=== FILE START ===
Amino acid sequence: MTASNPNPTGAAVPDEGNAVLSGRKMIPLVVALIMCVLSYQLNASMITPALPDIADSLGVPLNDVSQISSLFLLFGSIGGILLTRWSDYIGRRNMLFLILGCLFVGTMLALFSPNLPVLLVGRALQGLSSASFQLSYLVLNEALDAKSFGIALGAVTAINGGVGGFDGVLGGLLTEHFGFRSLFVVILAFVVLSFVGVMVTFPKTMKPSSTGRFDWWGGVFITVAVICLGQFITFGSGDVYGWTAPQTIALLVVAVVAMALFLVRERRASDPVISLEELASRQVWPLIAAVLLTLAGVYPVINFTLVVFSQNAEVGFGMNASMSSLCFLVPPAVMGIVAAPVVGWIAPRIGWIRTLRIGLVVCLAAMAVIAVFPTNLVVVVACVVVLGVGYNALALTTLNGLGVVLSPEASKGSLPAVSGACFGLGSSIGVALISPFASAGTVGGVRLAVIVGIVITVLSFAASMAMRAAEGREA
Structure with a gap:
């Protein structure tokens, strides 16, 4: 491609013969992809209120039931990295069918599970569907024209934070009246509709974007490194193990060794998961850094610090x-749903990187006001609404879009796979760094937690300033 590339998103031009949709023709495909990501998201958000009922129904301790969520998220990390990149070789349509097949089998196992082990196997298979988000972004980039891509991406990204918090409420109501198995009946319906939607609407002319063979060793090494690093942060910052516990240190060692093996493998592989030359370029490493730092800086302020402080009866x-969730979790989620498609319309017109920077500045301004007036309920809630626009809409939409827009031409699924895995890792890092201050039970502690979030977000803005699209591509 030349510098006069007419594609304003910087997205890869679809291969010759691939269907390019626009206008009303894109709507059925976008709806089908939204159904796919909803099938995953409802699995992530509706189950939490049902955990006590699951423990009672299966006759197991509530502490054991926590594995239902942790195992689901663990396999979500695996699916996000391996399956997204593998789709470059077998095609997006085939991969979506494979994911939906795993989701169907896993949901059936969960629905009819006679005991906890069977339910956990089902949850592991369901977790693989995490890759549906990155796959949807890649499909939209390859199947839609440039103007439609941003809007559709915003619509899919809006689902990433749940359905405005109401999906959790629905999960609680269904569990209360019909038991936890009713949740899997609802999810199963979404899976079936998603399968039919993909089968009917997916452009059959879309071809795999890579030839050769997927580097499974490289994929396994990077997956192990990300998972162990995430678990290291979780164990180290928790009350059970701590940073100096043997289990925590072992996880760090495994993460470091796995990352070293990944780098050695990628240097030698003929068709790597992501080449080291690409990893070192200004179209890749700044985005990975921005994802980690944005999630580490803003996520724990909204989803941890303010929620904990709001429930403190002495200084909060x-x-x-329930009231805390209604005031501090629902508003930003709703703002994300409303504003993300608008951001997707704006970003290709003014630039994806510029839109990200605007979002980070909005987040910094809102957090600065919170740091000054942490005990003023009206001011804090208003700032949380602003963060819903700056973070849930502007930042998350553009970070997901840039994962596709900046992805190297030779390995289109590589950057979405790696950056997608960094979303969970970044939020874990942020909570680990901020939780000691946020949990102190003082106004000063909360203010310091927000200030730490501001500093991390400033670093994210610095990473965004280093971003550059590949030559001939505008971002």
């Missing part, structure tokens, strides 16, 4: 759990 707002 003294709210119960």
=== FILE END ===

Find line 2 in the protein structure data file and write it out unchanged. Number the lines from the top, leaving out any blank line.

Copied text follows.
Structure with a gap: